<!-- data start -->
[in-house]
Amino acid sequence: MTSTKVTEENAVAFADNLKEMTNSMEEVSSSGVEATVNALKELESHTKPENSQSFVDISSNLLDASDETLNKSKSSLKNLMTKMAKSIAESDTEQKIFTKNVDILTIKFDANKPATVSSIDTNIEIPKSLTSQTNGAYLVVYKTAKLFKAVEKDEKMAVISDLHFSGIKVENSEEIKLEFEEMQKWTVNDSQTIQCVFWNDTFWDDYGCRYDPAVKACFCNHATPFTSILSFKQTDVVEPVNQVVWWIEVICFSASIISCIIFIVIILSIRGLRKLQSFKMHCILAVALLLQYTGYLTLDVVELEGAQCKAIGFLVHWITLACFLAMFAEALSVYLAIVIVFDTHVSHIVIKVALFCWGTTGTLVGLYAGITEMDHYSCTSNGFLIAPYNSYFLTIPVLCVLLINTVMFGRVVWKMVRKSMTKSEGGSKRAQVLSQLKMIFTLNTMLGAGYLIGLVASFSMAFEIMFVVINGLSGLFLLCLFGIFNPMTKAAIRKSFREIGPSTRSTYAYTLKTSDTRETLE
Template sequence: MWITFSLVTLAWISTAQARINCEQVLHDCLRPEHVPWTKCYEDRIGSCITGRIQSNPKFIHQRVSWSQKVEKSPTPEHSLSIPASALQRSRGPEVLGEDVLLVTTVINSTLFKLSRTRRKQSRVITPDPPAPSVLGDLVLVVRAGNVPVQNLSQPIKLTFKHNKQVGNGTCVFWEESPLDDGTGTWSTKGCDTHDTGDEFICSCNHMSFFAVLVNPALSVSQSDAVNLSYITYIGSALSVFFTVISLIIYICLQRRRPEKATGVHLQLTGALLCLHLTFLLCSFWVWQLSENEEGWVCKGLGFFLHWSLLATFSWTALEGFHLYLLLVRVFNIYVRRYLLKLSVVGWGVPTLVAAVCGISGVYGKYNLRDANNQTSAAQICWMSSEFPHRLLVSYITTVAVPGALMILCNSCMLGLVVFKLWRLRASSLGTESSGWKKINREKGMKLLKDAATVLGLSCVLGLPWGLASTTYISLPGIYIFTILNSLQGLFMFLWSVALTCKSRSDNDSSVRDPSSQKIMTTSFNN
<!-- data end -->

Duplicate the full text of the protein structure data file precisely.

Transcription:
[in-house]
Amino acid sequence: MTSTKVTEENAVAFADNLKEMTNSMEEVSSSGVEATVNALKELESHTKPENSQSFVDISSNLLDASDETLNKSKSSLKNLMTKMAKSIAESDTEQKIFTKNVDILTIKFDANKPATVSSIDTNIEIPKSLTSQTNGAYLVVYKTAKLFKAVEKDEKMAVISDLHFSGIKVENSEEIKLEFEEMQKWTVNDSQTIQCVFWNDTFWDDYGCRYDPAVKACFCNHATPFTSILSFKQTDVVEPVNQVVWWIEVICFSASIISCIIFIVIILSIRGLRKLQSFKMHCILAVALLLQYTGYLTLDVVELEGAQCKAIGFLVHWITLACFLAMFAEALSVYLAIVIVFDTHVSHIVIKVALFCWGTTGTLVGLYAGITEMDHYSCTSNGFLIAPYNSYFLTIPVLCVLLINTVMFGRVVWKMVRKSMTKSEGGSKRAQVLSQLKMIFTLNTMLGAGYLIGLVASFSMAFEIMFVVINGLSGLFLLCLFGIFNPMTKAAIRKSFREIGPSTRSTYAYTLKTSDTRETLE
Template sequence: MWITFSLVTLAWISTAQARINCEQVLHDCLRPEHVPWTKCYEDRIGSCITGRIQSNPKFIHQRVSWSQKVEKSPTPEHSLSIPASALQRSRGPEVLGEDVLLVTTVINSTLFKLSRTRRKQSRVITPDPPAPSVLGDLVLVVRAGNVPVQNLSQPIKLTFKHNKQVGNGTCVFWEESPLDDGTGTWSTKGCDTHDTGDEFICSCNHMSFFAVLVNPALSVSQSDAVNLSYITYIGSALSVFFTVISLIIYICLQRRRPEKATGVHLQLTGALLCLHLTFLLCSFWVWQLSENEEGWVCKGLGFFLHWSLLATFSWTALEGFHLYLLLVRVFNIYVRRYLLKLSVVGWGVPTLVAAVCGISGVYGKYNLRDANNQTSAAQICWMSSEFPHRLLVSYITTVAVPGALMILCNSCMLGLVVFKLWRLRASSLGTESSGWKKINREKGMKLLKDAATVLGLSCVLGLPWGLASTTYISLPGIYIFTILNSLQGLFMFLWSVALTCKSRSDNDSSVRDPSSQKIMTTSFNN